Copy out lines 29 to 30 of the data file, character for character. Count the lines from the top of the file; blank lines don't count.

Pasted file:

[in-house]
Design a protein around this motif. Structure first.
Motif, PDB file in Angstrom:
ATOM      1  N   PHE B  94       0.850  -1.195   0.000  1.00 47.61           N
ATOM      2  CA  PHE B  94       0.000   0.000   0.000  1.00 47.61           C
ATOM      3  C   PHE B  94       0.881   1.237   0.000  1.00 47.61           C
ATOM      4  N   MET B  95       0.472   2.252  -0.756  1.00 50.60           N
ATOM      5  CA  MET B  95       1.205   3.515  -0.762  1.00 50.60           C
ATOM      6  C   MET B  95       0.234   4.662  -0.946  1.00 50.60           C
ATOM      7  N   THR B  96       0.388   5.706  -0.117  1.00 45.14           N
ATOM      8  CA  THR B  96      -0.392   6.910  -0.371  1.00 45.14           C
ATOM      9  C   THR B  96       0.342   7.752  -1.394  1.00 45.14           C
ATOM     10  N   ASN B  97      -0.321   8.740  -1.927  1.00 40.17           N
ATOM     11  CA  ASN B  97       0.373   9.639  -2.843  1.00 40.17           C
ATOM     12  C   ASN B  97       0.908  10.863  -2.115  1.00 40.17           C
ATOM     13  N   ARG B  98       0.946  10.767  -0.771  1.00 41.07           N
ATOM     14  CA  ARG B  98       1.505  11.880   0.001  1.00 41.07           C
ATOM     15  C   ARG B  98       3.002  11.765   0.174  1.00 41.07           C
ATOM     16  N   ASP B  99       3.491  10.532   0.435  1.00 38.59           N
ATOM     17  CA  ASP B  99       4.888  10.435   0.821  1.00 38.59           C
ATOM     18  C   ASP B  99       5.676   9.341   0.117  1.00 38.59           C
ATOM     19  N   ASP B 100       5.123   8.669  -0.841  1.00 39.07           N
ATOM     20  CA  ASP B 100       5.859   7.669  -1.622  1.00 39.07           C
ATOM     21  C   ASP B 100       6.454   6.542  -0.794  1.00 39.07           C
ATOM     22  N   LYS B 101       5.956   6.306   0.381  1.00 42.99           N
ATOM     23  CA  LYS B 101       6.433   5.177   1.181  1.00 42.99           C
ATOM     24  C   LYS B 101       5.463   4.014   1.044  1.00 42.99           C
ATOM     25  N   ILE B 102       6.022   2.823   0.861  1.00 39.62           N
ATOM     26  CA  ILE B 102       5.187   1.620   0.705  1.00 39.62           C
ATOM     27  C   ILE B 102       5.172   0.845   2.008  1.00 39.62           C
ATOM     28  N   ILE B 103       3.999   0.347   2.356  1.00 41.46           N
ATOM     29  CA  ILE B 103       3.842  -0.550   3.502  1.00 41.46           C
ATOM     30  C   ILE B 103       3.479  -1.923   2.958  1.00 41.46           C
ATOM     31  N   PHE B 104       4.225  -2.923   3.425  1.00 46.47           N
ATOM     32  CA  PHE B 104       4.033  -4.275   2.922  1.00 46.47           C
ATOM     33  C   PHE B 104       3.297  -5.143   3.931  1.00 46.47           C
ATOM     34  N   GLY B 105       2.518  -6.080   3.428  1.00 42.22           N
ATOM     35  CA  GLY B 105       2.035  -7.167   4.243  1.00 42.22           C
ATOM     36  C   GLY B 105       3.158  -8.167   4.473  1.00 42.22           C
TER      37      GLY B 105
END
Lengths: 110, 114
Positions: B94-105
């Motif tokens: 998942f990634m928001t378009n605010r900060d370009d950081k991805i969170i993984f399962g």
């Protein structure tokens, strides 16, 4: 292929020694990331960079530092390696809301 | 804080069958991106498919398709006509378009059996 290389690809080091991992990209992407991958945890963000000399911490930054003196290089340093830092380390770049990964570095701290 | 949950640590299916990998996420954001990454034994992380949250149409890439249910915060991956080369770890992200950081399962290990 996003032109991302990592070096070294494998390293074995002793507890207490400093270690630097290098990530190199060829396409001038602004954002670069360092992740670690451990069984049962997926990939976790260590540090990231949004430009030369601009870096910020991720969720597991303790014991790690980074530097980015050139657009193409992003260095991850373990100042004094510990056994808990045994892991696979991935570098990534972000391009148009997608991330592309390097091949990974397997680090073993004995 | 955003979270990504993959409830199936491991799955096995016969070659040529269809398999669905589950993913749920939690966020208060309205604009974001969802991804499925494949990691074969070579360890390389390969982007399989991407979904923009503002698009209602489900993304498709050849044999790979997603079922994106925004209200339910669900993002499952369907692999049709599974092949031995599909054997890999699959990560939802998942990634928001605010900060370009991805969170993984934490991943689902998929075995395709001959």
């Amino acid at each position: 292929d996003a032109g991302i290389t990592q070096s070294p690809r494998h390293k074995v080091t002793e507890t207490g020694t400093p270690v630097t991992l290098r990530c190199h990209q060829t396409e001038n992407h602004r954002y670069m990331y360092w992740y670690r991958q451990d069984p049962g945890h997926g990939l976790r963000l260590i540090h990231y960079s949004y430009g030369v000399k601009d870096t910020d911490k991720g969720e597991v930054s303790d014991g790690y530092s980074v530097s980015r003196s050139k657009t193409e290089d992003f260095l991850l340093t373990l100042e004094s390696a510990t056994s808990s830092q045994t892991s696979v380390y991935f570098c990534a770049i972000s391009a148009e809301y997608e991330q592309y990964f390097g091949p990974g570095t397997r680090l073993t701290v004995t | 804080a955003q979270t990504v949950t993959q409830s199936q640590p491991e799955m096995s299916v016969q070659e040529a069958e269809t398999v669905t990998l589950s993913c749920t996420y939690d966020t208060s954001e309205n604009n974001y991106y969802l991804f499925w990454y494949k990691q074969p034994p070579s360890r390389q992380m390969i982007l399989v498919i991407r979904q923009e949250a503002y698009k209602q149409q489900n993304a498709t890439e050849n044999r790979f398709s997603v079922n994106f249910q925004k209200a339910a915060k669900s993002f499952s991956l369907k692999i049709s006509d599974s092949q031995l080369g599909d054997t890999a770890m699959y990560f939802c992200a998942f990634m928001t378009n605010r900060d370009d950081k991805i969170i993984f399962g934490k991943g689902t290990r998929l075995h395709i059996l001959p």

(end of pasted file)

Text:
ATOM     26  CA  ILE B 102       5.187   1.620   0.705  1.00 39.62           C
ATOM     27  C   ILE B 102       5.172   0.845   2.008  1.00 39.62           C